Can Masks Delay Speech & Development in Children?

by Team Stamurai

Can masks delay speech and language development in children? Well, before we dive deep into this topic, let us first understand the basics.

Research suggests that babies as young as 8-months begin lip-reading. They watch individuals talk and begin to babble to mimic speech. Lip-reading gives the babies access to visual cues of speech. Around this time, babies also begin to realize which faces go with which voices. Babies born in a bilingual or multilingual household lip-read more frequently than babies in monolingual families.

So, could absence of opportunities for lip-reading affect speech & language development in children? Read on to find out.

Why Is Lip-Reading Necessary For Children?

Current research shows that visible articulations support the development of communication skills in children. Babies who lip-read more frequently reach the speech-language development landmarks at a young age!

Interestingly, once a child masters lip-reading during infancy, it becomes the default mechanism of processing spoken language when comprehension is difficult. For example, in a loud and noisy environment, to understand the speaker, we often resort to reading their lips to understand what they are saying.

In another study, researchers found that adults who speak multiple languages lip-read more often while conversing in their second language. Adults often resort to lip-reading when they face speech-in-noise, foreign language speech, or accented speech.

Can Masks Delay Speech & Development in Children

Lip-reading is a necessary skill that all individuals acquire in their early childhood. It aids and assists communication in adults.

How Does the Absence of Visual Cues Affect Language Development?

According to recent research, visually impaired children develop speech and language at the same rate as sighted children.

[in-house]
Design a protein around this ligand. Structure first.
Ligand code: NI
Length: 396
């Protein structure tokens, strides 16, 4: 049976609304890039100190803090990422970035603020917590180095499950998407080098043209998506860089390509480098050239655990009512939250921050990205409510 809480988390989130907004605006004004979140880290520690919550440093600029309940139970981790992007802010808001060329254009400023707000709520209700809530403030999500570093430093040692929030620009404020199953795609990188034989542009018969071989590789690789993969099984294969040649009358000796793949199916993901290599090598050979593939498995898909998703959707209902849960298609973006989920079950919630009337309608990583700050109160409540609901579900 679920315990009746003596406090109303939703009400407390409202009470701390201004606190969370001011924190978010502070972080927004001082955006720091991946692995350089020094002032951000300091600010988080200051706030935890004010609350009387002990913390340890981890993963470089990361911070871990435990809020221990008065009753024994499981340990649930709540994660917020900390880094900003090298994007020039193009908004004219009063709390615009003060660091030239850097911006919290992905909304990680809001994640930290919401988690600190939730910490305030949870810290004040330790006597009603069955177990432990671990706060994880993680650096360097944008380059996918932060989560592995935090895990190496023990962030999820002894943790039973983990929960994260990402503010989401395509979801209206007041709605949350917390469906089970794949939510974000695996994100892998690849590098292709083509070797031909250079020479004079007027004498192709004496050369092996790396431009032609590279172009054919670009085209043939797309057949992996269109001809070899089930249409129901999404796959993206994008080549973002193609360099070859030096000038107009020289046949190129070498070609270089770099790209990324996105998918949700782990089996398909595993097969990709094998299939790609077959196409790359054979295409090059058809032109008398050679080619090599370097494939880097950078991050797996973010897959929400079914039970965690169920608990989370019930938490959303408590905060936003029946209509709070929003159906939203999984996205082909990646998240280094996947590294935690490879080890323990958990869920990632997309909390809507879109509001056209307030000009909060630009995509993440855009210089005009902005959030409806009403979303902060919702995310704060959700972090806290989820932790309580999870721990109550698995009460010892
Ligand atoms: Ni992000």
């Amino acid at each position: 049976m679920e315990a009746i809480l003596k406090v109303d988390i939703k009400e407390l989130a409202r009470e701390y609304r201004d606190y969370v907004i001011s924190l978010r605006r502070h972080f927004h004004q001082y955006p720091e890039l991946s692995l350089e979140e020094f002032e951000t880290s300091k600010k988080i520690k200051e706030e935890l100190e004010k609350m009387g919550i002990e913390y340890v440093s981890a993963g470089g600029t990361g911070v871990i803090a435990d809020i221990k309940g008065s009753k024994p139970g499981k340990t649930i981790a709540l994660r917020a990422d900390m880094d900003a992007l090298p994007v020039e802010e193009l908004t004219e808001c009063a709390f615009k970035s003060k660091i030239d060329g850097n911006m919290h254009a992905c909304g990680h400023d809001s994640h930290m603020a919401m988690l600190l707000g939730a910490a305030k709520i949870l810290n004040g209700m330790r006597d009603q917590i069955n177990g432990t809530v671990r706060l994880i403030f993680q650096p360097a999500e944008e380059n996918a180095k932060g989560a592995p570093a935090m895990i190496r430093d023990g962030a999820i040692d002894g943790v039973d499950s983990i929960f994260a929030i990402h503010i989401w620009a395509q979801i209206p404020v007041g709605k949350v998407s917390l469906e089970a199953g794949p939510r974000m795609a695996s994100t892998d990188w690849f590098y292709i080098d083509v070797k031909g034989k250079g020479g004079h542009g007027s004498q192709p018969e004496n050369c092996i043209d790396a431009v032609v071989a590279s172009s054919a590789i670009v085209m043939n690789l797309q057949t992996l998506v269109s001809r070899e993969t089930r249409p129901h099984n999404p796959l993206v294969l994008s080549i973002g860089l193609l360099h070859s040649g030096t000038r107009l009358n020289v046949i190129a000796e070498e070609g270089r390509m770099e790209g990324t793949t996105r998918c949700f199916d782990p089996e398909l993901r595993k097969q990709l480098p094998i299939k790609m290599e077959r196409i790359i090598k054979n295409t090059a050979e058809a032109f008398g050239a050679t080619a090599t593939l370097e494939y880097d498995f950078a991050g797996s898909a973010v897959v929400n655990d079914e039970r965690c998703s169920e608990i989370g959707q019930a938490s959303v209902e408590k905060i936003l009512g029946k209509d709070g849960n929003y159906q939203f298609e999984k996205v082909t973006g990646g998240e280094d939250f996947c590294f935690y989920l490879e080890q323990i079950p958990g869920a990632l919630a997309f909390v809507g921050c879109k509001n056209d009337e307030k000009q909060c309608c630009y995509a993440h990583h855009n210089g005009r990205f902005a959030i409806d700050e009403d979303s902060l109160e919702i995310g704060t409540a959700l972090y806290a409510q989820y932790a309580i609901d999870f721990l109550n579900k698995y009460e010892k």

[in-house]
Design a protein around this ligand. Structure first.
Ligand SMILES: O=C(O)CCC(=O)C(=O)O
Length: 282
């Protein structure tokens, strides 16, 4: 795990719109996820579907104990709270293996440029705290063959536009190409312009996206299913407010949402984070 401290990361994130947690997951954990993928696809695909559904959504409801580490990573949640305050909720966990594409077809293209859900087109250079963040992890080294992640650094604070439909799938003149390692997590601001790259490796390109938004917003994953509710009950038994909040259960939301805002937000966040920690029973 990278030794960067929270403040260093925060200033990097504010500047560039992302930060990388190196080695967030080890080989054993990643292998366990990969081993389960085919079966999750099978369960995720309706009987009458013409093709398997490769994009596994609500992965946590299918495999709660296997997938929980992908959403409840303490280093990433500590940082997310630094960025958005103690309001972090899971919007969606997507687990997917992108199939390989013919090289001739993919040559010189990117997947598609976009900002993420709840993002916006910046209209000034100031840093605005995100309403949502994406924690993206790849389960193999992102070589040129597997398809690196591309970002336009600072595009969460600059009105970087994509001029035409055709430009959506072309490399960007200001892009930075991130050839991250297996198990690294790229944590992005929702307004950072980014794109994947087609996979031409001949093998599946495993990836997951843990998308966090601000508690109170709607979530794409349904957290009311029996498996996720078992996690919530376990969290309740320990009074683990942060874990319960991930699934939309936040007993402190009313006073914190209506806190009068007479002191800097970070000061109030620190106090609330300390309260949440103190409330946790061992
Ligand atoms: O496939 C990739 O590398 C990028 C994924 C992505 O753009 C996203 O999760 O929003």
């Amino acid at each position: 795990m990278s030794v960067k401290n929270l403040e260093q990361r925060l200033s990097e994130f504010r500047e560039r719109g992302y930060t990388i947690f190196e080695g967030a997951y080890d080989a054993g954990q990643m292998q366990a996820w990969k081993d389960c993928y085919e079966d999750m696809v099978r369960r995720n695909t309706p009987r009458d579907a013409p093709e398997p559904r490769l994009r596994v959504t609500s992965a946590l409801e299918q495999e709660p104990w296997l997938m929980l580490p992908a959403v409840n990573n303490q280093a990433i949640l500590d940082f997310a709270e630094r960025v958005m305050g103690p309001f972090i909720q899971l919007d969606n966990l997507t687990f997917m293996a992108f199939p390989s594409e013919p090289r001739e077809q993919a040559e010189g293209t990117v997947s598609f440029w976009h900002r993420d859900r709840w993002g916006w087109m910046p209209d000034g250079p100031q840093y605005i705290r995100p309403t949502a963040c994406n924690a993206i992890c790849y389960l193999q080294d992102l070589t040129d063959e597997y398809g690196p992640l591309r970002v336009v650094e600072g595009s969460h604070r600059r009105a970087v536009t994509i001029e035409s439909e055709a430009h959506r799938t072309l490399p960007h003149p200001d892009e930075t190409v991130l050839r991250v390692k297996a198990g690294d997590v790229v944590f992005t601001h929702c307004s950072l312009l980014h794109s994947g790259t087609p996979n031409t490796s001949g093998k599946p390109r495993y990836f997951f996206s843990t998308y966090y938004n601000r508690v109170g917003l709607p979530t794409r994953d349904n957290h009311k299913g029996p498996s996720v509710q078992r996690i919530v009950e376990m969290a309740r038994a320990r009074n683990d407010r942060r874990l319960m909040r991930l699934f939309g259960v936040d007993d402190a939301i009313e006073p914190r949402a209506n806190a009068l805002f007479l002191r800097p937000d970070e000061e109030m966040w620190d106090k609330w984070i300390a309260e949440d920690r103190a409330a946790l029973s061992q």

While they begin by using a significantly large number of frozen phrases, they slowly learn to use them in the correct context during two-way communication.

Speech and language development in children depends on multiple factors. One of these factors is visual cues or lip-reading. However, multiple studies conducted on the language acquisition of visually impaired children prove that speech and language can develop normally even when the child is unable to see facial expressions and lip movements.

Currently, there is a dearth of peer-reviewed material to support the claim that using masks around children may cause speech and language delay.

Masks and Language Development in Children: What Can You Do To Boost Communication Skills?

Parents and other caregivers do not have to wear masks indoors unless they are symptomatic or in quarantine. It is only during outdoor visits or in daycare that they have to be around masked adults. At home, they can play and interact with, and watch adults speak without their masks on.

Since we should still follow standard guidelines issued by public health authorities about wearing masks while stepping out, we can consider the tips on mask-use provided by ASHA (American Speech-Language-Hearing Association).

According to ASHA, here’s what you can do to aid communication while you are outside, wearing a mask –

  1. You can use masks with a clear panel over the mouth. These are available online as well as at various stores.
  2. You may consider using face shields instead of masks whenever and wherever appropriate.
  3. Attract the attention of the listener/communicator before you begin speaking.
  4. Use your hands to aid communication.
  5. While talking to a child, make sure you speak clearly, so the words are not distorted or garbled.
  6. Always face the child while talking.

Stepping outside without a mask is not yet an option. You have to improvise and adapt to make communication easier with children.

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